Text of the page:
Gaming peripherals come thick and fast every year; if it isn’t the latest breed of guitars and drumkits, it’s either something quite inventive such as Skylander’s cross-platform figure portal or something completely silly, take Tony Hawk: Ride’s embarrassing skateboard peripheral for example.
Coming into the current generation of consoles I was somewhat of a peripheral virgin; sure I got plenty of mileage out of the EyeToy but in terms of something truly tangible I hadn’t experienced anything before going out and grabbing a copy of VR trading card game, The Eye of the Judgment (EoJ) for my brand new PlayStation 3. In its nice looking, Velcro-laced box the bundle contained the game disc, a deck of cards, a playing mat, and a plastic scaffold to support the PlayStation Eye that was also included; being in my mid-teens at the time you could say I was just a little bit over excited.
The concept behind Eye of Judgment’s VR tech is simple; you plug in your PlayStation Eye, slot the base into the scaffold provided and tilt it directly downwards as to capture to entire playing mat, a simple fabric 3×3 grid. When it’s your turn to play a card, you lay it face up on the grid, the PlayStation Eye detecting a unique printed code that will spawn an animated figure on-screen. The starter deck also includes a handful of function cards, used to command the creatures under your control.
Equal parts frustrating and rewarding, I often found myself agitating the playing mat or elbowing the scaffold forcing me to recalibrate the amalgam of odd peripherals to resume play.[drop2]Gimmicks aside, the actual gameplay itself proved just as enticing as the level of interaction. So many trading card games focus on a strict model in which players summon creatures and other artefacts, items and whatnot in attempt to deplete the life source of their opponent; The Eye of Judgment however is a struggle for dominance, the first player to occupy five of the nine grids being hailed as the winner.
The game isn’t completely without conventions it must be said, mana is still used as a resource from which players activate their cards and there are also several different element types (colours) though in The Eye of Judgment their role is extends beyond aesthetic purposes.
Each card comes with a attack and health count, also attached with a summon cost and attack/defence patterns. The former are fairly self-explanatory, attack value dictates how many hit points are deducted from your opponent after a successful attack, each card also having their own battle formations marked at the bottom centre. These diagrams depict the 3×3 grid and which directions a card can both attack and defend.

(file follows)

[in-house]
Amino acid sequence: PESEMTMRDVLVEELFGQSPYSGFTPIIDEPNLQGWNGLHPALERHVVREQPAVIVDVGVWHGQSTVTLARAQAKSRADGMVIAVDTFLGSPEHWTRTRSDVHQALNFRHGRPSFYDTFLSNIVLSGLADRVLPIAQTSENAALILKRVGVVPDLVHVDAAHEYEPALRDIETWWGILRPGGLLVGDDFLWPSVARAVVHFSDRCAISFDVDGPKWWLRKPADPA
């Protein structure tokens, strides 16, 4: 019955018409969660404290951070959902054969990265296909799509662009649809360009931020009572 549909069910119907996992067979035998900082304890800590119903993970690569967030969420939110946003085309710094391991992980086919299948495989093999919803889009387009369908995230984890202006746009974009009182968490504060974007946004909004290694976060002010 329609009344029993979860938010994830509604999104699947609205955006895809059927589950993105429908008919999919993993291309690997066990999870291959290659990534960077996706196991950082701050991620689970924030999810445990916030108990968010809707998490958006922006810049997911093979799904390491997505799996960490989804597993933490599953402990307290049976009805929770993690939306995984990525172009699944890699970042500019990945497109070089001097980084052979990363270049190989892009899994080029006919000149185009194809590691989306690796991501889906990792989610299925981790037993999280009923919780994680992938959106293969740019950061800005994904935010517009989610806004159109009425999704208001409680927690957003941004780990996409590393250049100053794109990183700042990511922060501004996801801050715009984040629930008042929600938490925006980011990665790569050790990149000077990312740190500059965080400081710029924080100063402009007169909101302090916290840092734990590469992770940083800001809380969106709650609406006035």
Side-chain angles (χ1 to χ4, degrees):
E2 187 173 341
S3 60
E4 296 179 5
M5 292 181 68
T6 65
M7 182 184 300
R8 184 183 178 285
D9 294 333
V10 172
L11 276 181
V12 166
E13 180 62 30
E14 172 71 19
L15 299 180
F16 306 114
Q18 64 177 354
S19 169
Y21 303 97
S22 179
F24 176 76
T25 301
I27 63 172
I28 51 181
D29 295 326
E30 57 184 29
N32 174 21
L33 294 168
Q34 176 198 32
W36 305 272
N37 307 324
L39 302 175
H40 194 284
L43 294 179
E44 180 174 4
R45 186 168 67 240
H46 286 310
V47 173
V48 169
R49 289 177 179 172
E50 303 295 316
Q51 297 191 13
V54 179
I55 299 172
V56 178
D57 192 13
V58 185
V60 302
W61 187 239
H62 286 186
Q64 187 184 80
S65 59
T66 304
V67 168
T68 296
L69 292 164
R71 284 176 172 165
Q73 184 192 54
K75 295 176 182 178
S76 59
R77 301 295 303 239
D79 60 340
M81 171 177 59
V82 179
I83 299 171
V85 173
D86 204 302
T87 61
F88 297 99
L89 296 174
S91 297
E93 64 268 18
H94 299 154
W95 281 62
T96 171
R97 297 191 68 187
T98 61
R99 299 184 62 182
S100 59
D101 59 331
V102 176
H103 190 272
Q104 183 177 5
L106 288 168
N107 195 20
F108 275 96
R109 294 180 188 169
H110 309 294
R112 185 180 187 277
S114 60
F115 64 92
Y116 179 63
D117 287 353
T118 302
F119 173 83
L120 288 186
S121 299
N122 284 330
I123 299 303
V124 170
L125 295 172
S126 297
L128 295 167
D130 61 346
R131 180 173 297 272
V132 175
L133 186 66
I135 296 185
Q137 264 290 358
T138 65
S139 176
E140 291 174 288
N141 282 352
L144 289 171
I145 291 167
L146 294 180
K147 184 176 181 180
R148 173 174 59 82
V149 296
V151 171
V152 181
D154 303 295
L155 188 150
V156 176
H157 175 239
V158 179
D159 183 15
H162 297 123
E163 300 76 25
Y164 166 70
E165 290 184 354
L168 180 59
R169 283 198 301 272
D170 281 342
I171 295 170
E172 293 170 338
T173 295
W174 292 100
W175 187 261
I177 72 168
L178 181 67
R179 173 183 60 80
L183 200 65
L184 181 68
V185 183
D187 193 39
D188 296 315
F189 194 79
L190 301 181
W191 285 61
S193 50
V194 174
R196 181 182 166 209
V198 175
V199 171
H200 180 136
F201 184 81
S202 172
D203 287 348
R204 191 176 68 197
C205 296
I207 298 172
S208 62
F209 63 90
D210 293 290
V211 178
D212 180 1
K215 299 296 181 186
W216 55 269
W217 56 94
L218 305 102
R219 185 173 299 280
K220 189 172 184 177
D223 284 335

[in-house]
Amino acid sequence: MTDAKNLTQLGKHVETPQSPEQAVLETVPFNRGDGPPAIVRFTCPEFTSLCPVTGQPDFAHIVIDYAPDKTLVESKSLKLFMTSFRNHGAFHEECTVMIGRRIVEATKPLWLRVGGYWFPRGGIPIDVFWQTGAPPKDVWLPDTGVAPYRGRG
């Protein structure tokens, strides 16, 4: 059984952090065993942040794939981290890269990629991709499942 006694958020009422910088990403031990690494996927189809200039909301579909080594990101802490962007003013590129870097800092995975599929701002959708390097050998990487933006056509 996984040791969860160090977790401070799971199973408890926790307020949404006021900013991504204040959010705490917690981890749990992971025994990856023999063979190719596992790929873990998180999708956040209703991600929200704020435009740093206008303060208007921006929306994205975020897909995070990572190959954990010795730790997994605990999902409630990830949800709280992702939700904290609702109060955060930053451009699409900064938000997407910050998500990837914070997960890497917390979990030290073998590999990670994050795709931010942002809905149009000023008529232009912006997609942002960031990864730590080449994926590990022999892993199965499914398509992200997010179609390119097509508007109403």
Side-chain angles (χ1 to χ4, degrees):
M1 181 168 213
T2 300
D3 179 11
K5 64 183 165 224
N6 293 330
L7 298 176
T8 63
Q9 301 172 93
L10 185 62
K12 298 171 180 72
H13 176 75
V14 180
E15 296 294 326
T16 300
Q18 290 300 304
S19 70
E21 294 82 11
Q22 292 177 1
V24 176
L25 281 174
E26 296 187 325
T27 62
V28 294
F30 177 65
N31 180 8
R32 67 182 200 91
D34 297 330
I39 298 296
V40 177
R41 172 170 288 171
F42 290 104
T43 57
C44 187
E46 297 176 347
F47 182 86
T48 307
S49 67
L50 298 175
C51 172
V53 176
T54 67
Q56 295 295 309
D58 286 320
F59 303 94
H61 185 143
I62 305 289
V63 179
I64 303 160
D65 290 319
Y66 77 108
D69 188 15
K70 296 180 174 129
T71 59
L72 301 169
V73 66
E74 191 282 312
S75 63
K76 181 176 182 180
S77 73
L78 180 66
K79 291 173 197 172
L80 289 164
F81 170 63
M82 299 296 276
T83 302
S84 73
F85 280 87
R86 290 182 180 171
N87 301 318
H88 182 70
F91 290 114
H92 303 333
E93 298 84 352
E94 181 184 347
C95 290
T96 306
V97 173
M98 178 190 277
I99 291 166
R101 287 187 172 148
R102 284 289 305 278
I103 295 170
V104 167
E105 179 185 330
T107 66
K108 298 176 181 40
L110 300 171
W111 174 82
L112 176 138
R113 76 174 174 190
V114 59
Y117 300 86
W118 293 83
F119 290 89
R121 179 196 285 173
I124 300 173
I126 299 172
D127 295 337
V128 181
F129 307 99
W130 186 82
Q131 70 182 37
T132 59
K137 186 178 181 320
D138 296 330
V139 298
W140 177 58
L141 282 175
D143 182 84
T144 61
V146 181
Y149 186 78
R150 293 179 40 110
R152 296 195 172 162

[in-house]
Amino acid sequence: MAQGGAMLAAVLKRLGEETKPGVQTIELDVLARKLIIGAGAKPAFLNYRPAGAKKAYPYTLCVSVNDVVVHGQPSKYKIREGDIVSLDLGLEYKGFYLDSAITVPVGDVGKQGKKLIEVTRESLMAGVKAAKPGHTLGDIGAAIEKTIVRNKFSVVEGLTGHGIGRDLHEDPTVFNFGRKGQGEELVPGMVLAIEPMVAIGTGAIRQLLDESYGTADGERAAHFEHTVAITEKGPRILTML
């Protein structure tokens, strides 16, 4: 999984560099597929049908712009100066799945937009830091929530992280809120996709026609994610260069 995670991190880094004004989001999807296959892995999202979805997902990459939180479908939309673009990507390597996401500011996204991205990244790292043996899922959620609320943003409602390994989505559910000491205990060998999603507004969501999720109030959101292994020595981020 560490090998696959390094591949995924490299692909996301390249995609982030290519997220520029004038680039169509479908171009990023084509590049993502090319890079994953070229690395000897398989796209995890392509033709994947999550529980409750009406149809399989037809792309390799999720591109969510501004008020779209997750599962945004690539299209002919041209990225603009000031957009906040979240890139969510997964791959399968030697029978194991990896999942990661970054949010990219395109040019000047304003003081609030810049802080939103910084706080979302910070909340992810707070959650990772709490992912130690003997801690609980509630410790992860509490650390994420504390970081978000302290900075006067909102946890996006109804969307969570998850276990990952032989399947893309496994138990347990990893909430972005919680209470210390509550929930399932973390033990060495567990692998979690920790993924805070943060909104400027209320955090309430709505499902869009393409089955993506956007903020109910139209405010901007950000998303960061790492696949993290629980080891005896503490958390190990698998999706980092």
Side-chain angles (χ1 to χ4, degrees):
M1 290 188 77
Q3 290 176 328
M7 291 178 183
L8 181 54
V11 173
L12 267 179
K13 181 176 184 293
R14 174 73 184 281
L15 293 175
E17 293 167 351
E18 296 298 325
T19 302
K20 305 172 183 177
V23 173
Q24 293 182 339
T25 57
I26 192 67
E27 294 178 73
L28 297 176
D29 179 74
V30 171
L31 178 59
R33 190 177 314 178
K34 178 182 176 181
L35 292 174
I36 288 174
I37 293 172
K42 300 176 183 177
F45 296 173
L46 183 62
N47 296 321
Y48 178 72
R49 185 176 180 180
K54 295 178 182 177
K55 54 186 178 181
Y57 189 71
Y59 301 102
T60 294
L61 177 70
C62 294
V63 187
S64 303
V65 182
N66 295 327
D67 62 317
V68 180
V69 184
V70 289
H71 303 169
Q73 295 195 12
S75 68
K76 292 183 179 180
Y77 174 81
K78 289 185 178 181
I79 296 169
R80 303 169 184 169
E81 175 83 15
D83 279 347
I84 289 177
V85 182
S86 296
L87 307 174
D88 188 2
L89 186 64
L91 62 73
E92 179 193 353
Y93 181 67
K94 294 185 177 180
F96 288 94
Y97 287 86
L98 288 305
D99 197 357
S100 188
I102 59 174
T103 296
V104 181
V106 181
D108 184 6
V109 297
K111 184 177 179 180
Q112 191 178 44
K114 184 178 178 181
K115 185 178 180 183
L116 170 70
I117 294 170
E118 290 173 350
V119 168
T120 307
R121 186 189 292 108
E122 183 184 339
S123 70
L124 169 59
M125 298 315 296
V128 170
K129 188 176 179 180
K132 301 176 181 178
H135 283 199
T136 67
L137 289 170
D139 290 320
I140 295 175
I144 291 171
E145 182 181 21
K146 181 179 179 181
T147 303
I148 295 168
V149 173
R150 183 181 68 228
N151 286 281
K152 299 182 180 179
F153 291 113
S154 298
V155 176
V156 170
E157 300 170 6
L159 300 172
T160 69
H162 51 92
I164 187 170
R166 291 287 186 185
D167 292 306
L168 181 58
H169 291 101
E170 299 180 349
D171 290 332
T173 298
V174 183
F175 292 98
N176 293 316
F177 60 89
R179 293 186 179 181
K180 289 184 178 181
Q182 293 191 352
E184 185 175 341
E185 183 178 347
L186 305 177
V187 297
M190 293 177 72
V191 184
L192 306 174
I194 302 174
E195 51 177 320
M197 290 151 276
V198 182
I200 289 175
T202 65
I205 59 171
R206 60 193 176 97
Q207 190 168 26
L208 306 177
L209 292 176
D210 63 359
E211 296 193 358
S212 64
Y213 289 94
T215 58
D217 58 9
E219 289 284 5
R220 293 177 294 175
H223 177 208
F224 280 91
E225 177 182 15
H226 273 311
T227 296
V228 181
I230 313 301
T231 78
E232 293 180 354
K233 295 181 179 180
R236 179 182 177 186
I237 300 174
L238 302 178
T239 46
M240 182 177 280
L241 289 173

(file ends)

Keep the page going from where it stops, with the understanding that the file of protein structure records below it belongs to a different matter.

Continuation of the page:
For instance one creature may be specialised in ranged combat and therefore only be able to target the grid two squares in front of them, meaning that playing this card in the centre of the playing field would be ineffective. It’s not just the combat mechanics you have to keep an eye, positioning and formations also play a key part in every card battle.
As mentioned before, summoned creatures each belong to a specific school or element such as fire, earth, water etc. You will also notice that each square on the battlefield has its own element; another vital gameplay feature.
Naturally, elements will compliment each other when matched up, fire grids granting occupying fire creatures with +2 life points, though if a fire creature were summoned onto a water field, then it would lose 2 life points. Among EoJ’s library of cards are numerous spells which manipulate the battlfield, capable of flipping grids and changing their elements; it’s a dynamic system and ensures that you and your opponent are constantly aware of the in-game environment.
Playing Eye of Judgment and watching as my first card came to life was fantastic, it left me marvelling not only at the tech but the game’s stunning visuals too. However, once the novelty had worn off I soon realised that EoJ didn’t offer anything outside of the instant action one-on-one showdowns; bar its online component, which is now out of operation, there was little to keep players coming back after a few quick duels.
It was innovative, but as a full package The Eye of Judgment simply failed to square up even among the somewhat mixed post-launch lineup for the PlayStation 3. That’s not to say that it didn’t find success; relying on the sales of booster packs and decks the game’s business model seemed to hold up well as Sony issued two expansions even giving EoJ a huge update which introduced a new game mode and trophies.
Last year also saw the release of The Eye of Judgment: Legends, a PSP adaptation of the game which did away with VR tech and focused primarily on the game’s fiction and tactical gameplay. Without the peripherals it still proved enjoyable; although it lacks some of its big brother’s visual flair, in particular the 3D battle scenes triggered after each attack have been omitted.
With the PlayStation Vita on the horizon it wouldn’t surprise me if we saw a comeback in the next few years. Using the handheld’s camera, there is plenty of opportunity to develop a system which still makes use of the original game’s CyberCode tech.